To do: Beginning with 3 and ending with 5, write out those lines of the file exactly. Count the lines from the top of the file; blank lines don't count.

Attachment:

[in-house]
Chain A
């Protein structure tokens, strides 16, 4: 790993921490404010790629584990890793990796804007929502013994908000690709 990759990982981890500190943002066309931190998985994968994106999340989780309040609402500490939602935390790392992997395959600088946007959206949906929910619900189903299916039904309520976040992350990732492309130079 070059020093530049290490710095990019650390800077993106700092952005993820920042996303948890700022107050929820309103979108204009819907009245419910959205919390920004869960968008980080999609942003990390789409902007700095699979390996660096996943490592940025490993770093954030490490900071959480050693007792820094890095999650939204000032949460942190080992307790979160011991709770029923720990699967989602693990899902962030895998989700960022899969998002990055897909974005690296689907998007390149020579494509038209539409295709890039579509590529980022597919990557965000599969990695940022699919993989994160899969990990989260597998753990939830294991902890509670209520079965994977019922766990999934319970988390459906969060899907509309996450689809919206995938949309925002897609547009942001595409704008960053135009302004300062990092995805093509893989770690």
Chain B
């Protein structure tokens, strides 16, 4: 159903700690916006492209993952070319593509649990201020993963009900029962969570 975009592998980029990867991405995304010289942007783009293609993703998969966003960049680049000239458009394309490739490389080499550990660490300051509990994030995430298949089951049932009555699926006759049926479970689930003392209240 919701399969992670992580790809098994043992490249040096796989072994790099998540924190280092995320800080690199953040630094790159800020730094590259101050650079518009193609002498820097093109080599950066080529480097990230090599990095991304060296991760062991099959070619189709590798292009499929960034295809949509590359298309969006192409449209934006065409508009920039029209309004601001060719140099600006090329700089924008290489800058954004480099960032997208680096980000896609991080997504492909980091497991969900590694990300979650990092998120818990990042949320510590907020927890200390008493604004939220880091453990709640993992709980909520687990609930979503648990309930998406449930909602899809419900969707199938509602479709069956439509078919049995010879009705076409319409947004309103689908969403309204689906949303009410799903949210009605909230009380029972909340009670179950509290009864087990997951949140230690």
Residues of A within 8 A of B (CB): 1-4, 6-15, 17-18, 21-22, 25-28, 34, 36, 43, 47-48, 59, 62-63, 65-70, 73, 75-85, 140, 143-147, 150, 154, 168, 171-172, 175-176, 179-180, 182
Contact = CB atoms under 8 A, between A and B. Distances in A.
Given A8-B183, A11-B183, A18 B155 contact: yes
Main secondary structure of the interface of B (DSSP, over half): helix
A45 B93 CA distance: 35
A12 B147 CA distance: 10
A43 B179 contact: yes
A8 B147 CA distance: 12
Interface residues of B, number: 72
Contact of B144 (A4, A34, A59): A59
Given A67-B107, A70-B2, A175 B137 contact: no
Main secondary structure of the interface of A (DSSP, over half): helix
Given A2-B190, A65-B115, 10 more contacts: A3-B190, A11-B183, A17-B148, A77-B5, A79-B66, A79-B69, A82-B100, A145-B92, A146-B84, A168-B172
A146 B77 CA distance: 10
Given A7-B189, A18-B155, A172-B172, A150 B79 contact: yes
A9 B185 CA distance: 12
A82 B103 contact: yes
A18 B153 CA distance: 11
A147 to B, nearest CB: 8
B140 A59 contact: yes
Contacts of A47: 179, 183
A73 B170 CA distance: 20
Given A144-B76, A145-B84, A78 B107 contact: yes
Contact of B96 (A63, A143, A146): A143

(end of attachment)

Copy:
């Protein structure tokens, strides 16, 4: 790993921490404010790629584990890793990796804007929502013994908000690709 990759990982981890500190943002066309931190998985994968994106999340989780309040609402500490939602935390790392992997395959600088946007959206949906929910619900189903299916039904309520976040992350990732492309130079 070059020093530049290490710095990019650390800077993106700092952005993820920042996303948890700022107050929820309103979108204009819907009245419910959205919390920004869960968008980080999609942003990390789409902007700095699979390996660096996943490592940025490993770093954030490490900071959480050693007792820094890095999650939204000032949460942190080992307790979160011991709770029923720990699967989602693990899902962030895998989700960022899969998002990055897909974005690296689907998007390149020579494509038209539409295709890039579509590529980022597919990557965000599969990695940022699919993989994160899969990990989260597998753990939830294991902890509670209520079965994977019922766990999934319970988390459906969060899907509309996450689809919206995938949309925002897609547009942001595409704008960053135009302004300062990092995805093509893989770690």
Chain B
């Protein structure tokens, strides 16, 4: 159903700690916006492209993952070319593509649990201020993963009900029962969570 975009592998980029990867991405995304010289942007783009293609993703998969966003960049680049000239458009394309490739490389080499550990660490300051509990994030995430298949089951049932009555699926006759049926479970689930003392209240 919701399969992670992580790809098994043992490249040096796989072994790099998540924190280092995320800080690199953040630094790159800020730094590259101050650079518009193609002498820097093109080599950066080529480097990230090599990095991304060296991760062991099959070619189709590798292009499929960034295809949509590359298309969006192409449209934006065409508009920039029209309004601001060719140099600006090329700089924008290489800058954004480099960032997208680096980000896609991080997504492909980091497991969900590694990300979650990092998120818990990042949320510590907020927890200390008493604004939220880091453990709640993992709980909520687990609930979503648990309930998406449930909602899809419900969707199938509602479709069956439509078919049995010879009705076409319409947004309103689908969403309204689906949303009410799903949210009605909230009380029972909340009670179950509290009864087990997951949140230690």